“Nature tops the list of potent tranquilizers and stress reducers. The mere sound of moving water has been shown to lower blood pressure.” ~ Patch Adams, M.D., Gesundheit! …
I recall experiencing an unusually difficult winter several years back. The prior year I had took up running every day that I possibly could, and had religiously done so for most of the year, up until the approaching winter managed to find a way to keep me indoors, and with the limited space for running, I had to find other means of exercise. It was during this period of my life that I began to notice that my mind and spirit does not function properly when I become inactive–my stress levels began to escalate and things that were not really that important tended to seem like they were. And as my concentration levels started to diminish, a feeling of fatigue often times would settle in.
It was while in reflection during this period of my life that I realized that a simple remedy for my stress was spending time outside. Just a little time on a walk or a bike ride, or at a park or out in nature, helps me to clear away some of the fog that clouds my thoughts and allow the clarity of fresh air and nature to bring to me all the abundant joy and beauty that abounds and surrounds me. Even in the winter, there is much to do and find that can help me to relax and to feel more balanced and calmer–scooping or playing in the snow, a brisk walk around the block, observing the snowfall on the ground and on the trees.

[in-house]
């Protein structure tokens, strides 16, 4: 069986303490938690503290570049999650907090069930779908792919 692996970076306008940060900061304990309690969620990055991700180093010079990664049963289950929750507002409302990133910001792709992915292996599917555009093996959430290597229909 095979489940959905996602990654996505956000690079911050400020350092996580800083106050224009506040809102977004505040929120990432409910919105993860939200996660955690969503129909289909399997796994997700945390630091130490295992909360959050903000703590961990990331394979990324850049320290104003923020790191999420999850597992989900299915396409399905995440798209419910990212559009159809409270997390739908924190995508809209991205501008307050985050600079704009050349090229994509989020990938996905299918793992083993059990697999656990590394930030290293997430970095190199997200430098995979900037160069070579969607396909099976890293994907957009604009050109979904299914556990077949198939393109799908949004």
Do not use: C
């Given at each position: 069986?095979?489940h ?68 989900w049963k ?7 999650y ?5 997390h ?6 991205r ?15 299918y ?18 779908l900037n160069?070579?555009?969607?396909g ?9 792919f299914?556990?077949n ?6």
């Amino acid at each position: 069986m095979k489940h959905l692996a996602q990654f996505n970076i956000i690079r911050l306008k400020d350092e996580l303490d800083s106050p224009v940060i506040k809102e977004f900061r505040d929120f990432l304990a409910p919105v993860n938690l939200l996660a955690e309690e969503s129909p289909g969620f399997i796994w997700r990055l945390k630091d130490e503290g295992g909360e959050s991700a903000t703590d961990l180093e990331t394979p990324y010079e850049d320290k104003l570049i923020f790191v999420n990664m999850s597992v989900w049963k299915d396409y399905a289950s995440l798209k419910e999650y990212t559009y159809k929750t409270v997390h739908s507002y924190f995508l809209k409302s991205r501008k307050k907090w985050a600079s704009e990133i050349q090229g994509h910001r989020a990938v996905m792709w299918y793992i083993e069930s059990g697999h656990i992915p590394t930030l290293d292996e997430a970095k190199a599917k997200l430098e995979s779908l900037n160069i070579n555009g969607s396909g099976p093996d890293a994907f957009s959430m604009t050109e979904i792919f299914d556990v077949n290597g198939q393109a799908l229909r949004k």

What really bothers me is the rut I fall into when I take a break from nature. It seems that if I let things get in the way, I tend to not make time for it, and instead turn to other remedies such as Advil and Tylenol.
Nature is here for us. It holds the potential to help reduce our stress and free our spirits, but only if we use it and allow it the chance to benefit our health and add positively to our lives. Feel the breeze through the leaves brush across your skin. See and hear the lightning and thunder as the storms pass overhead and then smell the rain in the air afterwards. Listen to the gentle water trickling in a stream or experience the crashing waves at the beach. Hear the sounds of the birds and animals, and feel the warmth of the sunlight upon your skin. Come to discover the gifts and the peace of mind, body, and spirit that nature can bring into your life.
Go outside and spend five minutes just sitting with your eyes closed listening to nature.
Questions to consider:
Why does spending time in nature so often end up low on our list of priorities?
How do you feel when you’ve found a wonderful spot in nature? How would you feel if you were to spend more time in such places?
What are some of the obstacles that keep us from being out in nature? What are some strategies for dealing with those obstacles?
For further thought:
“A soul who is not close to nature is far away from what is called spirituality. In order to be spiritual one must communicate, and especially one must communicate with nature; one must feel nature.” ~ Hazrat Inayat Khan, The Art of Personality